At one of the groups, one of the crushees turned around and said “Do you want to come back to mine afterwards for some lunch?”. Her face lit up at the prospect of forming this new bond, of turning an acquaintance into a friend, only to realise that the crushee was talking to someone behind her… Sods law dictated that it was the other Friend Crush… the two already knew each other. She was mortified and gutted in equal measure and a feel her pain keenly.
I’m naturally an introvert. This doesn’t mean I’m socially awkward or paralysingly shy, which is a popular misconception. It means that I process information differently than extroverts. I get much more out of one-on-one interaction than from large group gatherings and I like my own company, often needing some time out after big social events to recharge. I’m sure a lot of makers will relate to this as the creative process is often quite solitary. What introversion also means for me, is that putting myself ‘out there’ and interacting with a big group of people I don’t know is massively out of my comfort zone.
And that is exactly what I’ve been trying to do more of in an attempt to answer my own question about making new friends.
I’ve been to two meet-up style events in an effort to push my boundaries, to meet other people who may share my interests, and really just to widen my social circle a little. This was a bloody daunting experience for me but ultimately very rewarding.
Firstly. I didn’t die! I didn’t make any huge social faux pas or sit on my own in the corner crying. I actually had a bloomin great time!
The first was the Lucky Things meet up. Sunita set up the Lucky Things blog after experiencing Post Natal Depression as a way to support her recovery. She has many years experience working in HR and runs various meet-ups, webinars and coaching sessions in London, Bristol, and now Cambridge too.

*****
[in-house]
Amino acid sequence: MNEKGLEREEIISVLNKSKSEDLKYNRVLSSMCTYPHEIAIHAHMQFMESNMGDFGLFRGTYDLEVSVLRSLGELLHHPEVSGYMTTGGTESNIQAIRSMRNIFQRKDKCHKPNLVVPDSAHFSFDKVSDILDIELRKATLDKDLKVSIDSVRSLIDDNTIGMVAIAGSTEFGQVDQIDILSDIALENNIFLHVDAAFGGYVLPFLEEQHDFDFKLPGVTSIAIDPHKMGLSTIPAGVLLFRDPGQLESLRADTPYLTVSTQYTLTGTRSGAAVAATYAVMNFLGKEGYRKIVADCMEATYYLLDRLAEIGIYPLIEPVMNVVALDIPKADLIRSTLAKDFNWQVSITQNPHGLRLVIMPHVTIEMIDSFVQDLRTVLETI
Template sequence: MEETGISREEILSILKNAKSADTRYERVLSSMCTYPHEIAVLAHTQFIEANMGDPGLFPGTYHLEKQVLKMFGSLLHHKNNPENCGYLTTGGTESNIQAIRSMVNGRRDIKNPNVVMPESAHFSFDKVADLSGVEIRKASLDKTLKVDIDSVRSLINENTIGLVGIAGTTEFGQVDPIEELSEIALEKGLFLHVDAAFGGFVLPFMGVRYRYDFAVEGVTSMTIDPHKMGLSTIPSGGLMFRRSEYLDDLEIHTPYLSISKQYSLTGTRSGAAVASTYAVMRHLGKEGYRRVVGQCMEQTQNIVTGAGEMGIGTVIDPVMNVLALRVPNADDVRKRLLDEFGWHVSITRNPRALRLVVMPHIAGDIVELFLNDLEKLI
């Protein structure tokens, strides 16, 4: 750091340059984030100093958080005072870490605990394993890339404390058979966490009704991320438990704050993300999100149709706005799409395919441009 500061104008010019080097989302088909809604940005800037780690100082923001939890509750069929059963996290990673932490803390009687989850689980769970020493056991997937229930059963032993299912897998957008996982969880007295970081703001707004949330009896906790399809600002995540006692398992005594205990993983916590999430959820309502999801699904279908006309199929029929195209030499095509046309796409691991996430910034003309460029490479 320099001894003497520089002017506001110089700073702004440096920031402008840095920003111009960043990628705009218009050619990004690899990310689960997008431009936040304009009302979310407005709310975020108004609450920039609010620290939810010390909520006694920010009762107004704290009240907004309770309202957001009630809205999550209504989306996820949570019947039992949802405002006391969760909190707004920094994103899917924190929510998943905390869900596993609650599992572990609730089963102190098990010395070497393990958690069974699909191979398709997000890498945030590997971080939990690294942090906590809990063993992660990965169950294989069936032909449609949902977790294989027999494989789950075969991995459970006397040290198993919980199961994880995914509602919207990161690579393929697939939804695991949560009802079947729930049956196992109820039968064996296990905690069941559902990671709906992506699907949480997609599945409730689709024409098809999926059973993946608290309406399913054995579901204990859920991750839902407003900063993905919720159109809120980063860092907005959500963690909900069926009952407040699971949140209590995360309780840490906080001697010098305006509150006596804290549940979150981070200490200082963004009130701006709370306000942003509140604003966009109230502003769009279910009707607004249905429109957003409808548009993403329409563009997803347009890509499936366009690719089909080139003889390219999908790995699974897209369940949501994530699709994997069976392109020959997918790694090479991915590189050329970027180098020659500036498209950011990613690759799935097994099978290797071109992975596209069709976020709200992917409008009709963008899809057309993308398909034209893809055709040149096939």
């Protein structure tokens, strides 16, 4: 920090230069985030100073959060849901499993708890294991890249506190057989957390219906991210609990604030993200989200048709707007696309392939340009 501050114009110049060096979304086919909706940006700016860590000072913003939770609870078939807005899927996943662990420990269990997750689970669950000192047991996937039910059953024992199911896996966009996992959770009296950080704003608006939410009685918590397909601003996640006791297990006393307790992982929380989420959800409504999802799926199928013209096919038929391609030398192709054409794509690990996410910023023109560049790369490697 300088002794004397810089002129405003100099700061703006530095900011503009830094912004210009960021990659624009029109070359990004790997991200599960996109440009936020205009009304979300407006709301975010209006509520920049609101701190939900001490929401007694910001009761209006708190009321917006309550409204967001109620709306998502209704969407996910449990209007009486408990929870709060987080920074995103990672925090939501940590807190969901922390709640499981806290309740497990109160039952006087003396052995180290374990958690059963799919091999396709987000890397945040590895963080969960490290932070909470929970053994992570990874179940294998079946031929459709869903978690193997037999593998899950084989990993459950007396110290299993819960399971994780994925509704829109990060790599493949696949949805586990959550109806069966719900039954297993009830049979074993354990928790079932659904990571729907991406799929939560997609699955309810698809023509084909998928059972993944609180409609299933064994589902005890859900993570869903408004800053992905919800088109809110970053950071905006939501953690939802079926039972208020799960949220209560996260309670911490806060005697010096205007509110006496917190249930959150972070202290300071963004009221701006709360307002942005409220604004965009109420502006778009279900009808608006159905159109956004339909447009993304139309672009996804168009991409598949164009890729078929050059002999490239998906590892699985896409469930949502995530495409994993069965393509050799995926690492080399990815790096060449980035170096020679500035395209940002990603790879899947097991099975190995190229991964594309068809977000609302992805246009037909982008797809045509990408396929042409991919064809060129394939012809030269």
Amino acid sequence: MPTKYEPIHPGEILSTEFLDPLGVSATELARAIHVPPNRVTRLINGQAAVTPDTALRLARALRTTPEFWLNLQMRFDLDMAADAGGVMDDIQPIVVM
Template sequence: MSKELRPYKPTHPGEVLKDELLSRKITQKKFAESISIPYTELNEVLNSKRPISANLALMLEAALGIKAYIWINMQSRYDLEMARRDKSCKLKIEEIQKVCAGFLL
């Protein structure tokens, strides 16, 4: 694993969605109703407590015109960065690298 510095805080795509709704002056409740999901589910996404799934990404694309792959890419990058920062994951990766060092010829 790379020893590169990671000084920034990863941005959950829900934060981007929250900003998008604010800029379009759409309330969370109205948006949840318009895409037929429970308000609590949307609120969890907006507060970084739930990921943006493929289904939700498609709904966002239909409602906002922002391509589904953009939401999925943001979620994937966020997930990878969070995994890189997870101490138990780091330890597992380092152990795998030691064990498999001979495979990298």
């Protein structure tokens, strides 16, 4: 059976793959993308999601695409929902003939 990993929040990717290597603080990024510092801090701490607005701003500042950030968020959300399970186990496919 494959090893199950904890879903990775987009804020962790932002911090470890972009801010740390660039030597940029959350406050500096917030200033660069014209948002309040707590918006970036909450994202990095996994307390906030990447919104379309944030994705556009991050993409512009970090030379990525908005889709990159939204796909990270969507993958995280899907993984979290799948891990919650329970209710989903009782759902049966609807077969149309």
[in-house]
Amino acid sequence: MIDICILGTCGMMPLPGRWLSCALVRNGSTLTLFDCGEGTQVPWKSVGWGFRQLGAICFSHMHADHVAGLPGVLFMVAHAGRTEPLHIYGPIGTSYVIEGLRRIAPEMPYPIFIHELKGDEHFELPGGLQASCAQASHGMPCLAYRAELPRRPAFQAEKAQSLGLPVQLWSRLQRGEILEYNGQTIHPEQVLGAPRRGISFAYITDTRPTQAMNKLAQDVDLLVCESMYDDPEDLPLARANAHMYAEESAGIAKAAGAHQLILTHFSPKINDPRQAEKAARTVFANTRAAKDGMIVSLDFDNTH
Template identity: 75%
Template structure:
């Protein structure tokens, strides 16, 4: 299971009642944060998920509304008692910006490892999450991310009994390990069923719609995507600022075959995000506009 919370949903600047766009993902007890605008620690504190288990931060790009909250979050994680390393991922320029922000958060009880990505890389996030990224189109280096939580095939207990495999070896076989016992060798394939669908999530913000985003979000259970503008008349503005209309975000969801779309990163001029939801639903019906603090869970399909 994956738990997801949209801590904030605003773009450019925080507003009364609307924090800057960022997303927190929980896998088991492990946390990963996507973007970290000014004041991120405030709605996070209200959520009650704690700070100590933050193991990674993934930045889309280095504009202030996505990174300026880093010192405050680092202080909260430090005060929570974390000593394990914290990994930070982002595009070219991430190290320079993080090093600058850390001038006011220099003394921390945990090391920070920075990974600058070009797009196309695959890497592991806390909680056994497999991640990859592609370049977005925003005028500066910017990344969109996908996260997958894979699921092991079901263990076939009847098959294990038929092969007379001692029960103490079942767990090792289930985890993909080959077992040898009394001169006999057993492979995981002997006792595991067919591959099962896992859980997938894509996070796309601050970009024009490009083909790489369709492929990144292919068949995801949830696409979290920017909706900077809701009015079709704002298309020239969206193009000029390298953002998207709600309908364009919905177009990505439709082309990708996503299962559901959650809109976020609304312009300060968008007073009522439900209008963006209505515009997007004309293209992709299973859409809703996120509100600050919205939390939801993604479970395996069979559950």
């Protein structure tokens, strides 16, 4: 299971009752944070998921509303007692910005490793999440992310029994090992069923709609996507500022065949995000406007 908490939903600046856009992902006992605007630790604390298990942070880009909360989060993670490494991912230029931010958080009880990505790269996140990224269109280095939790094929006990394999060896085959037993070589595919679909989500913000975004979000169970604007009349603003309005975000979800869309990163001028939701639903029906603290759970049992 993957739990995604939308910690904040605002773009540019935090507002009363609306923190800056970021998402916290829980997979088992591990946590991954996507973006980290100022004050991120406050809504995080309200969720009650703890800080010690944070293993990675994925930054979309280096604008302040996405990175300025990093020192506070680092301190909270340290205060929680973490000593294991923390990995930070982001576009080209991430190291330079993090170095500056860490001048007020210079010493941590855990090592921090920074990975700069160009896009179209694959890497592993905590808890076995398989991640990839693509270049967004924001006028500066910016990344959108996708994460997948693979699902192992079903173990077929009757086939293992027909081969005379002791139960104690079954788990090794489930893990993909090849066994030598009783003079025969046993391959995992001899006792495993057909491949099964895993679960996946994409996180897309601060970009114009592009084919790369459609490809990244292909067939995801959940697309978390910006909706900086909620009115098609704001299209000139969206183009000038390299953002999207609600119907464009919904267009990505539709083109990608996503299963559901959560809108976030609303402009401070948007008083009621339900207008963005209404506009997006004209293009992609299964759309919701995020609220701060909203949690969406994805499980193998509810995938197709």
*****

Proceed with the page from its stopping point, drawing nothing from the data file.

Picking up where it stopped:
The meet-up involved a confidence workshop held one evening a couple of weeks back at Novi, which is a lovely cocktail bar right in the heart of Cambridge.
A friend was going and invited me along thinking I might get something out of it. Only in the end she selfishly prioritised her family holiday instead. So I decided to be brave and go alone. It helped that I had seen a couple of local people I follow on socials were also attending and thought this would be a good opportunity to meet an insta friend in real life for the first time.
I was pretty nervous walking into the bar, but, as I pushed through the door I repeated the mantra I always use when I’m feeling anxious “What’s the worst that could happen?” because the worst is really never that bad. There was that initial ‘crap, who do I talk to first’ feeling but I went to the bar and, remembering that everyone was there for the same reasons, struck up conversation with someone else waiting for their drink. The rest of the evening kind of flowed from there.
I learned some useful tricks for boosting confidence and had some really interesting conversation with some of the other attendees about their own struggles. It was fascinating how a group of strangers could talk so openly with each other. It was kind of an honour to be privilege to that and I am grateful to Sunita for putting the evening together.
I met a couple of insta buddies too which was awesome, though it was such a busy night, I could have done with another couple of hours to chat!
I always find it easier to go to events where there is a focus, so you immediately have something in common with everyone else there. This is my tip for anyone contemplating attending something like this. I know some people find this stuff a doddle but the prospect of going to a generic networking meeting still horrifies me!
As a first meet up experience it gave me a real boost and eased my worries about going to the second one.
This was quite a different proposition. It was the Cambridge Creatives Autumn Photo Walk, organised by Claireabelle Makes and Hello Sunshine. I’d been following Claire on instagram for a few years and had seen the first two photo walks documented with a stab of fomo (feeling of missing out) in my stomach. They looked like such a nice bunch of fun, unique people, but the devil in my brain kept telling me I had nothing to add to that, playing on my tendency towards imposter syndrome. That devil is an arsehole!
Ignoring this internal argument, I decided to join the walk anyway. One again mentally repeating “What’s the worst that could happen?”. I think maybe I should get that printed on a t-shirt!
We all met in the centre of Cambridge last Saturday afternoon and, with balloons in tow and a beautiful map illustrated by Sunshine Jo, about 30 of us set off in glorious sunshine (thank you mother nature!) walking through Cambridge. We stopped at Jack’s Gelato, went and said Hi to the cows at the Mill Pond, did some college perving, bike spotting and ended up at Midsummer Common, which currently plays host to a giant crocheted flamingo named Fandango.